In the papers 23 December
HMV plans music downloading service | Deutsche Telekom to make more job cuts
The Irish Times reports that Microsoft is set to release a version of its Windows software that does not have Media Player pre-installed. Read the full story as reported by ElectricNews.net on Wednesday.
The Irish Independent reports that ComReg has ordered Eircom to reduce local loop unbundling charges. Read the details of the story on ElectricNews.net.
The paper also notes that record store HMV has announced plans for a new music downloading service. The group is teaming up with Microsoft to develop software and hardware for the service, due to be launched in the second half of 2005. HMV will invest around STG10 million in setting up the service.
According to the Financial Times, German telecoms firm Deutsche Telekom reportedly wants to cut up to another 10,000 jobs in 2006-2007 at T-Com, its fixed-line unit, as part of a continuing effort to lower labour costs. DT's labour costs currently total about EUR3.3 billion per quarter for its 250,000-strong staff. The new job cuts have yet to be formally agreed.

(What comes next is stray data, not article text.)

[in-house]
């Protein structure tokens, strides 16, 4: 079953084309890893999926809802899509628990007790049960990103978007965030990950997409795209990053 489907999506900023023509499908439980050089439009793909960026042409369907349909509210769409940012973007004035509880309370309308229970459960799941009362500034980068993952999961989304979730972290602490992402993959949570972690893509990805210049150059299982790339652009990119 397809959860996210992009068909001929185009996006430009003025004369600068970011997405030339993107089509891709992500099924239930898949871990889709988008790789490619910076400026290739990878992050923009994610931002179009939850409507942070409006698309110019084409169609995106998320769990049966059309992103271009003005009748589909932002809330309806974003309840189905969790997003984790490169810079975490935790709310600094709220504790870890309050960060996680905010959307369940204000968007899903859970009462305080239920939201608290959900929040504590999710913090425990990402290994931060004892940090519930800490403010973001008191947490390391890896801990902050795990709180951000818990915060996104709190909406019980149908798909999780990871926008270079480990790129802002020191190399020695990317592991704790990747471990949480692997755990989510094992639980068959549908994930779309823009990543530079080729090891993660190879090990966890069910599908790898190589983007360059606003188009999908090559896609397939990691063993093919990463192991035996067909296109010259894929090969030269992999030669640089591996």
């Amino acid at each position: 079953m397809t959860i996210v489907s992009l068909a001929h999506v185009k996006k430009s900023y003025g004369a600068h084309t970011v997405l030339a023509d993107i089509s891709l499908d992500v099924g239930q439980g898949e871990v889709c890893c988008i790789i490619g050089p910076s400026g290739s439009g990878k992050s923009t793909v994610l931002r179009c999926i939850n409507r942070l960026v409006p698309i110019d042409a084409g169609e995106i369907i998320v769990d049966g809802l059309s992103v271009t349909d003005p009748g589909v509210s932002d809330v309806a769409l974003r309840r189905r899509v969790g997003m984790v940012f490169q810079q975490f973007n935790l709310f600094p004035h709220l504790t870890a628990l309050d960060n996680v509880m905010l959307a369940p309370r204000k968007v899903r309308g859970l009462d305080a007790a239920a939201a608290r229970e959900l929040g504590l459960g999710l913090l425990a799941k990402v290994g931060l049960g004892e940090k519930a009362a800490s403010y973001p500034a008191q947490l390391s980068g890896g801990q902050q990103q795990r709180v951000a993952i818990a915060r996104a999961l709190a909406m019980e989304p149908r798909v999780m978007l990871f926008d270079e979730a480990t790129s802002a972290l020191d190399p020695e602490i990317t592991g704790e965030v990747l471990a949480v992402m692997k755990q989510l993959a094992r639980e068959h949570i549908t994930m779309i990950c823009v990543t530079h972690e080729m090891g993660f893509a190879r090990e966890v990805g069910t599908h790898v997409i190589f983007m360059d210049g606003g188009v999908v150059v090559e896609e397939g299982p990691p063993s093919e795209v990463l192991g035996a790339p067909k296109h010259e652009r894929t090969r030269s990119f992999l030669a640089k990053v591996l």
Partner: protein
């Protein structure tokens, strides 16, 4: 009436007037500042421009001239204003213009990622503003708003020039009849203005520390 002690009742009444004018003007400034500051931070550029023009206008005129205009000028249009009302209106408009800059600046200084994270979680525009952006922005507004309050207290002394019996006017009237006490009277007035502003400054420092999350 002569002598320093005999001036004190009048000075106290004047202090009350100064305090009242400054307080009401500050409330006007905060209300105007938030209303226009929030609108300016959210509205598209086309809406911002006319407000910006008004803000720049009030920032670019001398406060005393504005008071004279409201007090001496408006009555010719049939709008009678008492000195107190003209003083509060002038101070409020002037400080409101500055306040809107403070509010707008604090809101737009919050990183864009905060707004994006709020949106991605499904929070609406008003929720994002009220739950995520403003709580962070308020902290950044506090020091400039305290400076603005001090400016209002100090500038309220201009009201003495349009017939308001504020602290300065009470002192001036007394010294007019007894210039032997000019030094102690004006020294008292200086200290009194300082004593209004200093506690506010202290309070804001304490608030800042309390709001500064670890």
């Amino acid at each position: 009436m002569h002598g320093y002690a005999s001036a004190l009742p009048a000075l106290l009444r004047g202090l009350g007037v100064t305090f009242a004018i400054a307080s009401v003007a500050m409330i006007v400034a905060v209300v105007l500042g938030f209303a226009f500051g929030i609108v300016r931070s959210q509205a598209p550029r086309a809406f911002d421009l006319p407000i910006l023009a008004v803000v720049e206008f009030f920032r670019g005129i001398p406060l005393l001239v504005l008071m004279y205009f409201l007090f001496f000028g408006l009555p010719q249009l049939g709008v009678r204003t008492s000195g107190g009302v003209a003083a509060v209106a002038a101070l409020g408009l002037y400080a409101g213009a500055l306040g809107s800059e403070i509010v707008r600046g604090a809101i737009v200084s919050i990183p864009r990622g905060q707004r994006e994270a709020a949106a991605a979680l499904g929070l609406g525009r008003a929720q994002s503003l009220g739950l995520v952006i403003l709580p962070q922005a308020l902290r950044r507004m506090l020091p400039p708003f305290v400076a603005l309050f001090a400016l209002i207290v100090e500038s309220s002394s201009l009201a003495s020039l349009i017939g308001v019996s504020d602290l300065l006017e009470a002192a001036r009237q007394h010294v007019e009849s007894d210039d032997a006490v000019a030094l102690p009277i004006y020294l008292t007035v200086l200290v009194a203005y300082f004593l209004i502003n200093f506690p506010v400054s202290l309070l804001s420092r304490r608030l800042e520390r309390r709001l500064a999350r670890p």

The paper also says that memory chipmaker Micron Technology has reported a rise in quarterly net income, fuelled by an improved market for PCs. Earnings in the company's fiscal first quarter rose to USD154.9 million, or USD0.23 a share, compared to a year-earlier profit of USD1.1 million, equivalent to break-even on a per-share basis. Net sales rose 14 percent to USD1.26 billion.
According to the Wall Street Journal, Time Warner Cable is planning to launch a new feature that will allow TV viewers to re-start programmes from the beginning at any point during the broadcast. Time Warner Cable hopes to test the "Start Over" in at least one market next year.
The paper also reports that broadband access in the US rose 15 percent during the first half of 2004 to a total of 32.5 million lines, the Federal Communications Commission has said. That figures is down from the 20 percent rise registered during the second half of 2003. Year-over-year, high-speed internet use rose 38 percent, the FCC said.